Wine and the Indian palate

Wine and the Indian palate

The ‘wine and dine’ concept is taking on a whole new avatar in India. Withmore people travelling across the globe and gaining exposure to sophisticated tastes, fine wine-makers and qualified wine-experts are sure to be called in to do their magic, predicts Nikhil Agarwal .

India is going through a very interesting phase when it comes to food and drink. Call it a revolution, wine consumption is steadily on the rise. Food and gastronomy is red hot, which, by association, is making wine more popular.

 “The domestic wine market is growing at 30 percent annually and is likely to touch around 28 million litres by 2015, from current estimated level of 21 million litres, in major cities like Delhi, Mumbai, Goa, Bangalore, Punjab and Pune producing a good deal of wine consumers”, according to a recent report by Associated Chambers of Commerce and Industry of India (ASSOCHAM).

Wine and the Indian niche

Wine, in comparison to other beverages, is still niche in India and the levels of wine enthusiasts in India differ. Most people are getting into wine only now. However, there are those who drink wine daily and have formed their own preferences. And, of course, there is a tiny lot of people who drink the best wines the world has to offer. In fact there are few Indians who also invest in wine and keep them at international warehouses. At all levels, however, the pace at which the change is taking place is very exciting. It’s like a snowball that’s getting bigger and faster.

Small percentage, big number

In comparison to other wine producing or consuming countries, consumption in India is still so small that it’s almost nonexistent. But these statistics and generalisations are always made keeping the population of the entire country in mind. For India, 75 percent of the population cannot be counted because even in twenty years they will not be consuming wine. What is of interest is the balance. Here even the smallest percentage, say one percent, will add up to a very large number. A number larger than the entire population of Australia, in fact!

More knowledge, more money

Indians are ready to explore various international cuisines. TV shows with food and wine as content are being injected into our homes on a daily basis. There are more international wines available in India now and the retail experience for buying them is changing. We have more money and have travelled more so it is only natural that what we drink will get more evolved as well.

On a culinary level, wine is becoming just as important as food. When combined, the two can provide an array of flavours, something that is sure to take you straight to gastronomical orbit. Hotels and restaurants are opening all over the country with a deeper emphasis on the wine and dine concept.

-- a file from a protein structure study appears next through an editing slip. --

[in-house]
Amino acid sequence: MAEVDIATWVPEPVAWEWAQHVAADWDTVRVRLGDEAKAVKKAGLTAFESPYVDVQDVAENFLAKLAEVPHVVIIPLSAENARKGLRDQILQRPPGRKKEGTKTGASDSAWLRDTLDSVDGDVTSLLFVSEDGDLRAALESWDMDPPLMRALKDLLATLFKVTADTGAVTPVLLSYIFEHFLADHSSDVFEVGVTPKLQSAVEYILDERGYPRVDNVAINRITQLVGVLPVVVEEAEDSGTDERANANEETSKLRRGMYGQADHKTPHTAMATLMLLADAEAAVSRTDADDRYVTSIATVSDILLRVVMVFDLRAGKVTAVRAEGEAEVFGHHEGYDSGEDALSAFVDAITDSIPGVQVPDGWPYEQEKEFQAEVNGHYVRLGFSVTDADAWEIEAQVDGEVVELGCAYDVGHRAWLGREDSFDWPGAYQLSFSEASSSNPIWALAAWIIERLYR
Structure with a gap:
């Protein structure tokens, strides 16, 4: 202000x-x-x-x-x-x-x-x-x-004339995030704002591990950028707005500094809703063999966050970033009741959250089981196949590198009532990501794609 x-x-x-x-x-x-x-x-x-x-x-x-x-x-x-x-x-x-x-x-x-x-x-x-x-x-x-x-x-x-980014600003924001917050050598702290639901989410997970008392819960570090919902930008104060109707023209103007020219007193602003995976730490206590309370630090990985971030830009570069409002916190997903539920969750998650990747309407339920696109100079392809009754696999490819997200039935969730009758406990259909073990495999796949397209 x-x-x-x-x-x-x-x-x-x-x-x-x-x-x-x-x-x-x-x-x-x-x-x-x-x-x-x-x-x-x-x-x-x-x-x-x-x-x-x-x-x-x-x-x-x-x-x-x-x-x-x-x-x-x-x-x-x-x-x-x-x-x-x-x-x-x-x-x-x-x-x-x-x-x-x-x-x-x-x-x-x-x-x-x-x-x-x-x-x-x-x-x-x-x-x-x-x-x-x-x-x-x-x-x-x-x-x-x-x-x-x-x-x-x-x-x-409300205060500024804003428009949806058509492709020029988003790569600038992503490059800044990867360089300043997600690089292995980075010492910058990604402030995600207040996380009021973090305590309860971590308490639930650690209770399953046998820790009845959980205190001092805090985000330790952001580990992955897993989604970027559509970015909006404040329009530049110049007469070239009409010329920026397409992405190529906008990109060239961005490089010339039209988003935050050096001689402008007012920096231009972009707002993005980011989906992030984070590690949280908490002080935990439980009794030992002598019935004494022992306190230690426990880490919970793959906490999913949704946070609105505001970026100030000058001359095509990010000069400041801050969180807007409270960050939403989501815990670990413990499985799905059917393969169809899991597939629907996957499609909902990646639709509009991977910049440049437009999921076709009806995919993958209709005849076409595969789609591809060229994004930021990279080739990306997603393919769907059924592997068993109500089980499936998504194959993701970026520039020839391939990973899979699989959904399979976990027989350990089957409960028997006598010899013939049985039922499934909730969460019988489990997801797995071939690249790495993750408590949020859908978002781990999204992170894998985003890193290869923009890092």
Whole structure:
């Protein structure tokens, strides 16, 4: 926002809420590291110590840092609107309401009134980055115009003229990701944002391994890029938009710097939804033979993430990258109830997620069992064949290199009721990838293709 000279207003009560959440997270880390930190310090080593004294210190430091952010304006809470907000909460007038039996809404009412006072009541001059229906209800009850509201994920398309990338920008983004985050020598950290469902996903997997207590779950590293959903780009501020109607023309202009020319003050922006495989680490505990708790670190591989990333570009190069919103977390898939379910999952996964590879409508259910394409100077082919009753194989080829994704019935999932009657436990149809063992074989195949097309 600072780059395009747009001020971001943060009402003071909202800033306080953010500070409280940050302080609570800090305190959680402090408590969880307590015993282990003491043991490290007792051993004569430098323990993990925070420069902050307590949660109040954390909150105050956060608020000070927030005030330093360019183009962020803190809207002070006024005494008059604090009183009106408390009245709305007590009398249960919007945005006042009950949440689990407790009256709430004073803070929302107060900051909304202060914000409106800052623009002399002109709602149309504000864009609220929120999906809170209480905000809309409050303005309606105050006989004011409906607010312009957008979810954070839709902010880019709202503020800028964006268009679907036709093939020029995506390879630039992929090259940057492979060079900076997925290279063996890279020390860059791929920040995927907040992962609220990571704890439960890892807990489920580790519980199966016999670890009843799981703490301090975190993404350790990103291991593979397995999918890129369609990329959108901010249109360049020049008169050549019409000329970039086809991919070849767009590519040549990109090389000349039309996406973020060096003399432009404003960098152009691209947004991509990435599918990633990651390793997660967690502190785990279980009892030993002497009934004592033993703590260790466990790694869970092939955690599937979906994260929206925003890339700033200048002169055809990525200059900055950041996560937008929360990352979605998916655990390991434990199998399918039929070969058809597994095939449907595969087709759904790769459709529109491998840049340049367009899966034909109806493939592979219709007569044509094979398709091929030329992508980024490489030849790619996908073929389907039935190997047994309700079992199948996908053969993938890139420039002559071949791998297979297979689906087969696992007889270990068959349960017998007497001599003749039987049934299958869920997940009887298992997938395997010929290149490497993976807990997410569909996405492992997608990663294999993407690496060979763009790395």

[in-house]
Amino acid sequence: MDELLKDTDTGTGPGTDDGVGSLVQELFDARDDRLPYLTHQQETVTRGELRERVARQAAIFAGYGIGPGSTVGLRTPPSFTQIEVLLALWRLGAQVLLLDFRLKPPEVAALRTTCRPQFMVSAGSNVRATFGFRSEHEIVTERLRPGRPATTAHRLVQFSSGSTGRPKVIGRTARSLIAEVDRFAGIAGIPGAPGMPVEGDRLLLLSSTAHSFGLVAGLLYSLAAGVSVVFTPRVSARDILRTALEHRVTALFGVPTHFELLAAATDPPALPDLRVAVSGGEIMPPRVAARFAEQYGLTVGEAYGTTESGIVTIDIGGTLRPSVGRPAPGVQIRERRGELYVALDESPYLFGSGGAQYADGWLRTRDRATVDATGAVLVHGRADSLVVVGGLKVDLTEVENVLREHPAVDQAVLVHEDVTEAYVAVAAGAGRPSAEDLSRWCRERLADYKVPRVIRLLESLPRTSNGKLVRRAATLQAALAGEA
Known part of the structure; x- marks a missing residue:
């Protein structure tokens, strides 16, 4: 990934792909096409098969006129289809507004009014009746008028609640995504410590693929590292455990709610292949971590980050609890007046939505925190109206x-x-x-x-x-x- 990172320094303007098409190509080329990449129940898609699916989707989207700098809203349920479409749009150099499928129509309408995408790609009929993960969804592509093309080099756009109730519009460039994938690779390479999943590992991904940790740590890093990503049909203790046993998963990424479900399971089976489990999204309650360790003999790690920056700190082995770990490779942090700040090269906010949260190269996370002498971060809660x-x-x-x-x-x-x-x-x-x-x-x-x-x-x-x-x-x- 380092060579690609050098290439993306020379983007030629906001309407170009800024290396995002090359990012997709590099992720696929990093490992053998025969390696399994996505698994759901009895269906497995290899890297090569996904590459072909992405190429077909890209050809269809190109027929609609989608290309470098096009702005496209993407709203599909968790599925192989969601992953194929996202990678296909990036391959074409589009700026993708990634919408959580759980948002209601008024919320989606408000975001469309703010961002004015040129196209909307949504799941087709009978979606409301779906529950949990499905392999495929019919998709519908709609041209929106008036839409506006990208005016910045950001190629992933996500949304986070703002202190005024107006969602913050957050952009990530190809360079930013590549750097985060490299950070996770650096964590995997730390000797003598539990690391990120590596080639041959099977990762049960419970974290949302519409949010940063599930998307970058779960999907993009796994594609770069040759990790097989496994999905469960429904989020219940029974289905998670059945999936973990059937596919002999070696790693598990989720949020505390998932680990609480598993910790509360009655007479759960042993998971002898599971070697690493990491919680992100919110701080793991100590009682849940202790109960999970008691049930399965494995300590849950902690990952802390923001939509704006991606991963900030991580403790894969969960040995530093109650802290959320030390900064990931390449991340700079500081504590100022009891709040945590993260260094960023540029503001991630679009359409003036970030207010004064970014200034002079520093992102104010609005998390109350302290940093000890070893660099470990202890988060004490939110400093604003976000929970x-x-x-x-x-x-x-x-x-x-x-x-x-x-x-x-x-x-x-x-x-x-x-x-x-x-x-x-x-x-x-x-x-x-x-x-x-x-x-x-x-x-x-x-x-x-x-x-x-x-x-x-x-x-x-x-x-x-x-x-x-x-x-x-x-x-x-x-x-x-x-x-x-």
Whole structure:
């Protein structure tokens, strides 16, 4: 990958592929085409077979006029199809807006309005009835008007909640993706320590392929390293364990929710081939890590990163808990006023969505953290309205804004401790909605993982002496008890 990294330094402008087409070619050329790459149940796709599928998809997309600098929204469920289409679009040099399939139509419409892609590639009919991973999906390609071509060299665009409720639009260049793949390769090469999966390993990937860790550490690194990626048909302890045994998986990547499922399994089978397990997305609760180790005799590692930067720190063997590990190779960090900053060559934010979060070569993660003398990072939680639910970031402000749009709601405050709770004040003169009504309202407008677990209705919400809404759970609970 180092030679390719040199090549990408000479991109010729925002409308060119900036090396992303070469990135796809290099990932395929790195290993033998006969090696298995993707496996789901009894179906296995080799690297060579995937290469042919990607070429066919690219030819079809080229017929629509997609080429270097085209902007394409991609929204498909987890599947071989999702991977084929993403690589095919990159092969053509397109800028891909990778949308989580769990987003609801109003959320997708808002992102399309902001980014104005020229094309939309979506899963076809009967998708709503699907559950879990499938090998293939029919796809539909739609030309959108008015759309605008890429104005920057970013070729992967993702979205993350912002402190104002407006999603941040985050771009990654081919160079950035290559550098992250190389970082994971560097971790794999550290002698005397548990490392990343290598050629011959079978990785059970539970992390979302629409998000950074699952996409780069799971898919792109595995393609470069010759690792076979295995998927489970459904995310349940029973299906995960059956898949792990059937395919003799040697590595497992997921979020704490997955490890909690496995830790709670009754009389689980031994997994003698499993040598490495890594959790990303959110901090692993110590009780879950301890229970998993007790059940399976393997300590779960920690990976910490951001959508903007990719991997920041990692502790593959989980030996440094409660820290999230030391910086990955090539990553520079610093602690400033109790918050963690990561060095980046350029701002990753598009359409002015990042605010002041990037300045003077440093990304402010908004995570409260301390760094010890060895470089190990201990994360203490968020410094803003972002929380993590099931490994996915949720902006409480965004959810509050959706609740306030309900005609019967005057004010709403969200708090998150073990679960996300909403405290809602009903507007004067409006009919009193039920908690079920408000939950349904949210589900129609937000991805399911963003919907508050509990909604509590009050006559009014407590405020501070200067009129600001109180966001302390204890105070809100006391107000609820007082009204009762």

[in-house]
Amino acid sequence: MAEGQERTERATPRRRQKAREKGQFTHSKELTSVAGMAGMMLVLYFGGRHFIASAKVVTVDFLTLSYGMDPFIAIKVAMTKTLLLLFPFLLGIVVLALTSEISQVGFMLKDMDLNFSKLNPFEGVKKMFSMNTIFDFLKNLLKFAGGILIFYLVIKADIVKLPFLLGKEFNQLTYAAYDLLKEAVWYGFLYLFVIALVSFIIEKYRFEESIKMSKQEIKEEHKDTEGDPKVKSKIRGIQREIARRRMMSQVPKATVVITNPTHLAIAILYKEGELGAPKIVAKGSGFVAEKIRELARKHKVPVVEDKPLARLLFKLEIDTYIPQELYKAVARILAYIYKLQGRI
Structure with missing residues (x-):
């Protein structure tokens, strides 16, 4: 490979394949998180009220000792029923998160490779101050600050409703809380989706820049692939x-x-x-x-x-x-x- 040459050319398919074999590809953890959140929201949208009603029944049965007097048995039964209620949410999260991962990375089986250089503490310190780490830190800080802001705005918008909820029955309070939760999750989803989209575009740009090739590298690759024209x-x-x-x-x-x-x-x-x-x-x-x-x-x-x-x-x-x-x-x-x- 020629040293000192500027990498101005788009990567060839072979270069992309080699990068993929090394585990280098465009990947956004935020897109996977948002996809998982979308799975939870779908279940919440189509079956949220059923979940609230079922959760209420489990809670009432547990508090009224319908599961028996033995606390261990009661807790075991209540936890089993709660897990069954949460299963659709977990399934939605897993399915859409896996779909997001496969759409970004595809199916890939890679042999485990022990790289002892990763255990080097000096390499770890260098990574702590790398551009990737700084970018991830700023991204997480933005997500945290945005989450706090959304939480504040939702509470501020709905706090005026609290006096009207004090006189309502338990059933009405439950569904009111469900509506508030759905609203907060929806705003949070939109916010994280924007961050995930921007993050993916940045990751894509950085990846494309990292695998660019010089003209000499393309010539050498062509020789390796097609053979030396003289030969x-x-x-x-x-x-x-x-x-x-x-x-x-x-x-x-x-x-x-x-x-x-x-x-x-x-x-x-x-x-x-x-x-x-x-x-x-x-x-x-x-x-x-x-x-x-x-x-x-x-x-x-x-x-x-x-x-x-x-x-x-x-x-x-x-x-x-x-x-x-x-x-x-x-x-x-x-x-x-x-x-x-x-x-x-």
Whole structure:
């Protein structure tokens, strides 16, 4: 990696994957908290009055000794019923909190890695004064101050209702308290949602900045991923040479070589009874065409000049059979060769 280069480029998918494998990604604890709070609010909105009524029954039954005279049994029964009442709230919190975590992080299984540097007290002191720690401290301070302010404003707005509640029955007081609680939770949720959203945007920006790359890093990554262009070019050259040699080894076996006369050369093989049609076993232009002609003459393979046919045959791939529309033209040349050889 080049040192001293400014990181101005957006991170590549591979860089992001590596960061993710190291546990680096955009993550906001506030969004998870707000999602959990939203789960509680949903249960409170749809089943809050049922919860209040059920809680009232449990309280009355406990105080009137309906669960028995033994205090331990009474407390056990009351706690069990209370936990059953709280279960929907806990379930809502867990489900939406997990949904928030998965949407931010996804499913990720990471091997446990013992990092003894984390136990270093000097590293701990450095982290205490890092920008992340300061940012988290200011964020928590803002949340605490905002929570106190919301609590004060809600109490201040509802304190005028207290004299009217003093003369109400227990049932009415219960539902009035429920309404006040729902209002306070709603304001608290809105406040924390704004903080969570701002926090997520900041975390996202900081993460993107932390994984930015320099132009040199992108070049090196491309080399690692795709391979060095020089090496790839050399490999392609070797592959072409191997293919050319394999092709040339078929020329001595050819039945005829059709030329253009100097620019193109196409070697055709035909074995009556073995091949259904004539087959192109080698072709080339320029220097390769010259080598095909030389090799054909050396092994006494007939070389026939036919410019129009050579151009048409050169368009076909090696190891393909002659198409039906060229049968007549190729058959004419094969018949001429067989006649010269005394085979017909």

Traditionally, in our culture, we have always had our drink, before eating. However, there are health benefits to eating and drinking together, and we are slowly adapting to this.

Wine driving the circles

Wine dinners, wine-tasting sessions and wine clubs have quite a few takers. The Wine Week, and the Indian Wine Consumers Choice Awards have seen tremendous success. Wine festivals, in general, take place all the time and have a large number of people attending them. A big fact to take notice of is that Indian wine is getting better and with every vintage, the standards are rising. There are quality-oriented producers who are working hard to make the best wines they possibly can. Their logic is simple: Better Indian wines at affordable prices alone will drive in more consumption. The number of wine brands produced in India is also increasing and these guys have serious long-term goals.

Sommeliers, please stand up!

As of now, we do not have many qualified sommeliers (wine experts) in restaurants and star hotels. But with all this change, it’s quite obvious that India needs to gear itself up with such professionals who can take consumption in India to the next level and cater to the needs of a growing wine audience. In the hospitality sector, having someone who can take informed decisions on which wines to feature in their offering, is very important. Unless professionals specialise in wine-tasting and understand consumer likes and dislikes, their wine menu will fall short of standards. Also, the knowledge and confidence with which F&B professionals can offer suggestions is getting extremely important and a must have if we want to reach global standards.
In a nutshell, the wine industry is growing, the hospitality industry is booming, and consumers in India are more curious. Qualified professionals will be required to cater to this demand and if anyone wants to get in on the action, now would be a great time.

(The writer is a wine consultant at Myra Vineyards, Bangalore)